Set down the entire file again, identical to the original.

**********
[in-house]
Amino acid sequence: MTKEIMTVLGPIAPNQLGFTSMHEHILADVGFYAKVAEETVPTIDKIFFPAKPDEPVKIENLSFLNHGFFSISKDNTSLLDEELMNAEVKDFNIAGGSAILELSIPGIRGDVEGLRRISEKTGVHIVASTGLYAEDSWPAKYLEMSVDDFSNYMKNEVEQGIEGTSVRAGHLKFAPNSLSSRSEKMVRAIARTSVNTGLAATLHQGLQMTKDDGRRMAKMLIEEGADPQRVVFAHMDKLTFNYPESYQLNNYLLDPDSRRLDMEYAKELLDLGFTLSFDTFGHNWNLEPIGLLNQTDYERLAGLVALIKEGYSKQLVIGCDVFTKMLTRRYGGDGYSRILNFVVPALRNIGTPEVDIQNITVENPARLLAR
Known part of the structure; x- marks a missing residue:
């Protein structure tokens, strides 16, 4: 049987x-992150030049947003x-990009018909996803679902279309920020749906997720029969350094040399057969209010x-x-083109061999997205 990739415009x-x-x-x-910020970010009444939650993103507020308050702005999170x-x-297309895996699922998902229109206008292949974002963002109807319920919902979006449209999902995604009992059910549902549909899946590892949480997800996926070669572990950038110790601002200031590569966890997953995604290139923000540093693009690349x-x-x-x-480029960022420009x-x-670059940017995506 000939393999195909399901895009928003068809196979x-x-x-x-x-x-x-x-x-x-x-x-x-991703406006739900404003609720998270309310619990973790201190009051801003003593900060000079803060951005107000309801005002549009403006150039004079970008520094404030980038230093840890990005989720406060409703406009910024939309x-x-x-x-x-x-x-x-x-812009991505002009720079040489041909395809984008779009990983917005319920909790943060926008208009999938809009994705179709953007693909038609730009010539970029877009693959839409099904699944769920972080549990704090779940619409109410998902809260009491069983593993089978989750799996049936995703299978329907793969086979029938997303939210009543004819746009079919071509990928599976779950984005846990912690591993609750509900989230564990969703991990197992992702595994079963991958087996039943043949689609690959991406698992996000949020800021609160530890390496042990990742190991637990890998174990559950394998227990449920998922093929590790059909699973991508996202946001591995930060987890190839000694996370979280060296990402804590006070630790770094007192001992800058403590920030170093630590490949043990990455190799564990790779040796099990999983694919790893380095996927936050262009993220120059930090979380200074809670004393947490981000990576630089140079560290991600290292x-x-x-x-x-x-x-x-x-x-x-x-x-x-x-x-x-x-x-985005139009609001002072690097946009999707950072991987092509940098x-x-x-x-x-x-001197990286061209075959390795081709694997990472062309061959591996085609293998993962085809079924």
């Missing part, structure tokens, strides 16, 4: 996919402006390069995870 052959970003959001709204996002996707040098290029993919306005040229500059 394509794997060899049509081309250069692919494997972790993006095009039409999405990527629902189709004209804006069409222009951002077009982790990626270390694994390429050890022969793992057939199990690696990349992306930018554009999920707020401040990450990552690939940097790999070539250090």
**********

[in-house]
Amino acid sequence: MTKEIMTVLGPIAPNQLGFTSMHEHILADVGFYAKVAEETVPTIDKIFFPAKPDEPVKIENLSFLNHGFFSISKDNTSLLDEELMNAEVKDFNIAGGSAILELSIPGIRGDVEGLRRISEKTGVHIVASTGLYAEDSWPAKYLEMSVDDFSNYMKNEVEQGIEGTSVRAGHLKFAPNSLSSRSEKMVRAIARTSVNTGLAATLHQGLQMTKDDGRRMAKMLIEEGADPQRVVFAHMDKLTFNYPESYQLNNYLLDPDSRRLDMEYAKELLDLGFTLSFDTFGHNWNLEPIGLLNQTDYERLAGLVALIKEGYSKQLVIGCDVFTKMLTRRYGGDGYSRILNFVVPALRNIGTPEVDIQNITVENPARLLAR
Known part of the structure; x- marks a missing residue:
């Protein structure tokens, strides 16, 4: 049987x-992150030049947003x-990009018909996803679902279309920020749906997720029969350094040399057969209010x-x-083109061999997205 990739415009x-x-x-x-910020970010009444939650993103507020308050702005999170x-x-297309895996699922998902229109206008292949974002963002109807319920919902979006449209999902995604009992059910549902549909899946590892949480997800996926070669572990950038110790601002200031590569966890997953995604290139923000540093693009690349x-x-x-x-480029960022420009x-x-670059940017995506 000939393999195909399901895009928003068809196979x-x-x-x-x-x-x-x-x-x-x-x-x-991703406006739900404003609720998270309310619990973790201190009051801003003593900060000079803060951005107000309801005002549009403006150039004079970008520094404030980038230093840890990005989720406060409703406009910024939309x-x-x-x-x-x-x-x-x-812009991505002009720079040489041909395809984008779009990983917005319920909790943060926008208009999938809009994705179709953007693909038609730009010539970029877009693959839409099904699944769920972080549990704090779940619409109410998902809260009491069983593993089978989750799996049936995703299978329907793969086979029938997303939210009543004819746009079919071509990928599976779950984005846990912690591993609750509900989230564990969703991990197992992702595994079963991958087996039943043949689609690959991406698992996000949020800021609160530890390496042990990742190991637990890998174990559950394998227990449920998922093929590790059909699973991508996202946001591995930060987890190839000694996370979280060296990402804590006070630790770094007192001992800058403590920030170093630590490949043990990455190799564990790779040796099990999983694919790893380095996927936050262009993220120059930090979380200074809670004393947490981000990576630089140079560290991600290292x-x-x-x-x-x-x-x-x-x-x-x-x-x-x-x-x-x-x-985005139009609001002072690097946009999707950072991987092509940098x-x-x-x-x-x-001197990286061209075959390795081709694997990472062309061959591996085609293998993962085809079924």
């Missing part, structure tokens, strides 16, 4: 996919402006390069995870 052959970003959001709204996002996707040098290029993919306005040229500059 394509794997060899049509081309250069692919494997972790993006095009039409999405990527629902189709004209804006069409222009951002077009982790990626270390694994390429050890022969793992057939199990690696990349992306930018554009999920707020401040990450990552690939940097790999070539250090």